Soulseat Abbey

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The west side of Soulseat Loch, from the south-west

Saulseat or Soulseat Abbey was a Premonstratensian monastic community located in Wigtownshire, Galloway, in the Gaelic-speaking south-west of Scotland. It was regarded as the first and the senior Premonstratensian house in the Kingdom of Scotland. There is some evidence that Soulseat Abbey is Viride Stagnum ("green loch"), that is, the Cistercian monastery founded by St Malachy somewhere in Galloway in 1148. The name comes from the Gaelic word Sabhal, a word with many religious and monastic connotations. Perhaps because of Anglophone folk etymology, the name came to imply a connection to both Saul and the soul, taking the Latin form Sedes Animarum ("Seat of the Spirit"). The site of Soulseat Abbey (now a mound with five 16th century gravestones thereon) is on the promontory of a loch with a very narrow isthmus, thus perhaps fitting the description. The Premonstratensian establishment certainly occurred before the death of King Fergus of Galloway, which took place in 1161. The Obituary of Prémontré lists both King Fergus and Christian, bishop of Galloway (1154-86), as joint founders. Probably because of the abbey's cultural isolation from Lowland Scotland, almost none of the abbots are known by name before the 15th century. It is known though that the abbey suffered devastation from wars in the 14th century. Control of the abbey became secularized in the 15th century, and even more so after the Scottish Reformation. In 1630, it was taken over by the parsonage of Portpatrick.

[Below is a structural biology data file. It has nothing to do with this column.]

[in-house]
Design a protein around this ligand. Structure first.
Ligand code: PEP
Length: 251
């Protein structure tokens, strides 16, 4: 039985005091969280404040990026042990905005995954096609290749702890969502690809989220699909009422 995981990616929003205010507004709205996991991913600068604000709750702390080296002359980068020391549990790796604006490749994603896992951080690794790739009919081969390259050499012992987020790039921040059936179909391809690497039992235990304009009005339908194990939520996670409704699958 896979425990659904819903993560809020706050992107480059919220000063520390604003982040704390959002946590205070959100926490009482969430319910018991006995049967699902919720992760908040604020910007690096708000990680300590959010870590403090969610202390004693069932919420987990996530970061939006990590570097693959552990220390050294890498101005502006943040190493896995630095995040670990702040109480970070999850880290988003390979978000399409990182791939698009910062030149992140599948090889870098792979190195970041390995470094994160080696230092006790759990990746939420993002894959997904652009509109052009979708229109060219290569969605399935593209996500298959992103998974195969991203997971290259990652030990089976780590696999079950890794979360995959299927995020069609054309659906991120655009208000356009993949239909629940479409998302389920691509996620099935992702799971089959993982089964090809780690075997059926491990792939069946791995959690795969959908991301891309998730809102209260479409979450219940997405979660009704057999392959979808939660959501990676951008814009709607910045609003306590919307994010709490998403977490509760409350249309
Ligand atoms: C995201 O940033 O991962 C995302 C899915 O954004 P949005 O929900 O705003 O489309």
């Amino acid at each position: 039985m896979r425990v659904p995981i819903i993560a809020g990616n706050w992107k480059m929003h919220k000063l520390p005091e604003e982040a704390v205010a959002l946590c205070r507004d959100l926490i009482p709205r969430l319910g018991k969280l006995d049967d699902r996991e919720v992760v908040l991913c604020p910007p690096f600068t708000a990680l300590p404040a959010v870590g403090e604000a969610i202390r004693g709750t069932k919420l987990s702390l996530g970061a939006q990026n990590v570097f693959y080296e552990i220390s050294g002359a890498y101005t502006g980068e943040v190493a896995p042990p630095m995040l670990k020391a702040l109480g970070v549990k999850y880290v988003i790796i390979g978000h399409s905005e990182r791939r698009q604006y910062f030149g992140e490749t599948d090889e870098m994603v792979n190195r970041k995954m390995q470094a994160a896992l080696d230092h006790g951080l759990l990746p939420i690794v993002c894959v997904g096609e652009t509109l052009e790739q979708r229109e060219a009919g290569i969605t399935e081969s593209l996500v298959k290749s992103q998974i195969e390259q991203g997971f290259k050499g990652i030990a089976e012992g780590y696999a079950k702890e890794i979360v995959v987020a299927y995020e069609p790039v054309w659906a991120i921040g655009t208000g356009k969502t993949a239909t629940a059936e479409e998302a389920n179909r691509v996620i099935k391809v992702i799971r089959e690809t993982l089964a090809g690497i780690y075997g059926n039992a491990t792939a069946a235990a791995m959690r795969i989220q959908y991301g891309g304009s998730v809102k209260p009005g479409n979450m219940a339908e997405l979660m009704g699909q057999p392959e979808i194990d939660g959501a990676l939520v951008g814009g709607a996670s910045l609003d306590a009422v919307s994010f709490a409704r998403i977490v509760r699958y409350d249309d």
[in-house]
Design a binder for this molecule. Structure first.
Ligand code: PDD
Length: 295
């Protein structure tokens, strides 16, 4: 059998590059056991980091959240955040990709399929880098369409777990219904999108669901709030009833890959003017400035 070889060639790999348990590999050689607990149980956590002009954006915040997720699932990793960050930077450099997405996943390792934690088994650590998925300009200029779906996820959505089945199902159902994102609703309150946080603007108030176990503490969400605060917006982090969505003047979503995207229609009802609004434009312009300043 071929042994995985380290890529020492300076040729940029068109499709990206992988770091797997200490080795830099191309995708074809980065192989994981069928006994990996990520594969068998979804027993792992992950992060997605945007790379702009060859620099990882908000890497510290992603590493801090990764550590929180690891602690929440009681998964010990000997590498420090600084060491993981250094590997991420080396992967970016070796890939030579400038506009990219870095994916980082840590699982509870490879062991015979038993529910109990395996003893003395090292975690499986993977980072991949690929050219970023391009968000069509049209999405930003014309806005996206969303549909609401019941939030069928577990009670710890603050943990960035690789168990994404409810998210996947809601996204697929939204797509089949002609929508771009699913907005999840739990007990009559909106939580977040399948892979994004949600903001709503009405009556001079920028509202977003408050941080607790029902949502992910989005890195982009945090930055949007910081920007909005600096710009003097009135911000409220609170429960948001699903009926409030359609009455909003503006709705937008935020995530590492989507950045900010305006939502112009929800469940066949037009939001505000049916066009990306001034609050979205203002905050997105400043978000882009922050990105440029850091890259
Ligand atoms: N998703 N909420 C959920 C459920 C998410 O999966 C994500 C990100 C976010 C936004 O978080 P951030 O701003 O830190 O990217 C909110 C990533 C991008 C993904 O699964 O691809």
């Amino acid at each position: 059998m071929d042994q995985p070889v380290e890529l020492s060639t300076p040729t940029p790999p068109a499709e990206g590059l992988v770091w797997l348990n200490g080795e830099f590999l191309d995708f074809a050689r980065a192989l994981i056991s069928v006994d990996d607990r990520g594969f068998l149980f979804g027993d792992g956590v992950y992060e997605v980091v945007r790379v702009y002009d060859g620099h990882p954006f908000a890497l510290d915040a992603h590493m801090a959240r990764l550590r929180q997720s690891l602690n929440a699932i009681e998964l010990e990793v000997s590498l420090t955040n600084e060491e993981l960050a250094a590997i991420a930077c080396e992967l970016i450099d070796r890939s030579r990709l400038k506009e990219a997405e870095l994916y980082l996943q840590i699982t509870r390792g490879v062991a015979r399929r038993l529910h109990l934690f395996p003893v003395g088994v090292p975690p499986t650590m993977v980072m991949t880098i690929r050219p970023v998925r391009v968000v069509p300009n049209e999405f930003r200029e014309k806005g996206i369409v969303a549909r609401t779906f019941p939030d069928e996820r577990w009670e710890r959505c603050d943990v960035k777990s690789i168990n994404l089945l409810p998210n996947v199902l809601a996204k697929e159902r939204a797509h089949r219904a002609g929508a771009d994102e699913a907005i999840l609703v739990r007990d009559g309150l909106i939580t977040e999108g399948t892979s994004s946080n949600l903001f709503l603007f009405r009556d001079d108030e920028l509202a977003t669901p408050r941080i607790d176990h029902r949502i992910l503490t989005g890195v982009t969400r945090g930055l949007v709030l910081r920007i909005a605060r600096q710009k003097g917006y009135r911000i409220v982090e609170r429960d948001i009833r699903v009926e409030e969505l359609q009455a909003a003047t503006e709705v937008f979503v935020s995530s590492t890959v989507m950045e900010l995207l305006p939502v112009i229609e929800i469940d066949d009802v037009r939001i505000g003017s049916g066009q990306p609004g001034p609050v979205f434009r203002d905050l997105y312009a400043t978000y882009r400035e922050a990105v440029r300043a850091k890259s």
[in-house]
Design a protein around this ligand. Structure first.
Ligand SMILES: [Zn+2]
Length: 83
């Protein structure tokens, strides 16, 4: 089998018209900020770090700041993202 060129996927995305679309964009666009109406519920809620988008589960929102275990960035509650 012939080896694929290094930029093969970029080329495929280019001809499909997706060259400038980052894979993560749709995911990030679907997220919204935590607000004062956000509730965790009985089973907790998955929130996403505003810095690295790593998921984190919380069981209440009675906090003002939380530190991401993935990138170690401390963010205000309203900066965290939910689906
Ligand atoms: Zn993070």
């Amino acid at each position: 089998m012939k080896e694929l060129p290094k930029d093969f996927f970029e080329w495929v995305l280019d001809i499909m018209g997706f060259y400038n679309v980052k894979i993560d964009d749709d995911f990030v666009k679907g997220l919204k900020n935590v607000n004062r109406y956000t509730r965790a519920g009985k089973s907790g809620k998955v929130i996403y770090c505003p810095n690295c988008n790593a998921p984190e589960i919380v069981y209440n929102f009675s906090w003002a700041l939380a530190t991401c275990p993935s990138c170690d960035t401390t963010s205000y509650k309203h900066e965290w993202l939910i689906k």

Bibliography[edit]

  • Anderson, A.O., Early Sources for Scottish History, 2 vols., vol. ii, pp. 208–9 (quoting St Bernard's Vita Sancti Malachaiae)
  • Cowan, Ian B. & Easson, David E., Medieval Religious Houses: Scotland With an Appendix on the Houses in the Isle of Man, Second Edition, (London, 1976), pp. 78–9, 102-3
  • Watt, D.E.R. & Shead, N.F. (eds.), The Heads of Religious Houses in Scotland from the 12th to the 16th Centuries, The Scottish Records Society, New Series, Volume 24, (Edinburgh, 2001), pp. 204–6
  • T. Alistair Findlay, Chronological History of Soulseat Abbey, Scotland (accessed 26 January 2008): http://www.premontre.org/subpages/loci/imagines/imsoulseat/Soulseat%20Chronological%20History.htm

See also[edit]

Coordinates: 54°53′15″N 4°57′45″W / 54.8874°N 4.9625°W / 54.8874; -4.9625